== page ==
The Summer Workweek

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9 to 5 Monday through Friday! That's the normal work week for most people and one would assume that more work gets done in the middle of the week. Remember "Hump Day"?   Well if it's a normal work week (no holidays) between September and May, that's probably true.  But during the summer, work productivity changes.  People do most of the work on Monday!  

Numbers don't lie, and at vCalc we see the work cycle every week and surrounding every holiday, even Spring Break.  We know when America is working and when it's goofing off.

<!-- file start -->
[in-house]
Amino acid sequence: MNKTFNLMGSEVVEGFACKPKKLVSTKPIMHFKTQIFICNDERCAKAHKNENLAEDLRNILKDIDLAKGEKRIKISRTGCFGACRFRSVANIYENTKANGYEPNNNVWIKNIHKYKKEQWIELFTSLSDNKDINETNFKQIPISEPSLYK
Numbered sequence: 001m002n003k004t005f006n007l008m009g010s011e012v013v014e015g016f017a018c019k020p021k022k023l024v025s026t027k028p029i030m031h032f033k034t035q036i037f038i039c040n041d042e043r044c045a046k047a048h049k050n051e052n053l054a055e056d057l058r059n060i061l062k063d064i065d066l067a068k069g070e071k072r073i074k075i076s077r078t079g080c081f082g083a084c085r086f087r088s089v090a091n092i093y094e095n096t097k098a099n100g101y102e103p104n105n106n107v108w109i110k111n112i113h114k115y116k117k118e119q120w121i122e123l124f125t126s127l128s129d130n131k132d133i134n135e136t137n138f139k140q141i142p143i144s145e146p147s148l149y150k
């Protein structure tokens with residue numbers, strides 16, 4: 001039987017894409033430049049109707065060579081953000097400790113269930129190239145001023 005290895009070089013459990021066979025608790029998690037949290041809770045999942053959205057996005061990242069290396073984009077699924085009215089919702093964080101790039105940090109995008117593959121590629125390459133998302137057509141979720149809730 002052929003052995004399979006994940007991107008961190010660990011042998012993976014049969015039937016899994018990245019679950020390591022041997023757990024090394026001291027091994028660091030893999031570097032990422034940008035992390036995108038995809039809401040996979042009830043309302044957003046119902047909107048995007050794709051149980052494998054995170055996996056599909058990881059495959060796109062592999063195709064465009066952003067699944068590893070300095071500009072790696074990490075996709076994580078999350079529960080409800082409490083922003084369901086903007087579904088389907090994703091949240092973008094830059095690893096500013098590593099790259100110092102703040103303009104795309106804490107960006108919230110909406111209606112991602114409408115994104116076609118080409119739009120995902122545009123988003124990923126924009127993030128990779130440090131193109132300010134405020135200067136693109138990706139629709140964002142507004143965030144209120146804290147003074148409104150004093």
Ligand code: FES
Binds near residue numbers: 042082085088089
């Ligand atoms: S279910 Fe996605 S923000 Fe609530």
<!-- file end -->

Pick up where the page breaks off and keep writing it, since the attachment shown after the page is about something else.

The following graph shows the amount of work related calculations that people do in the United States over a period of a few weeks.  You can plainly see the trend where the low point is on the weekend (Saturday) and starts back up on Sunday, so much for the day of rest, with a peak on Wednesday.  

Work Week.png   Non-holiday Workweeks 

Now look at the work week in the summer months.  It has the same low spot, Saturday, but the peak is on Monday and trails off from there. 

Summer Work Week.png Non-holiday Summer Workweeks

Furthermore, it's not that summer Mondays are super-charged.  They're not.  They are about the same as Mondays during the work/school year.  It's just that Tuesday is a little less than normal, and then it's way down hill.

The moral of the story?  

  • If it's important, schedule it on Wednesday, unless it's during the summer.  Then, schedule it on Monday.
  • More work gets done on Sunday than you'd expect.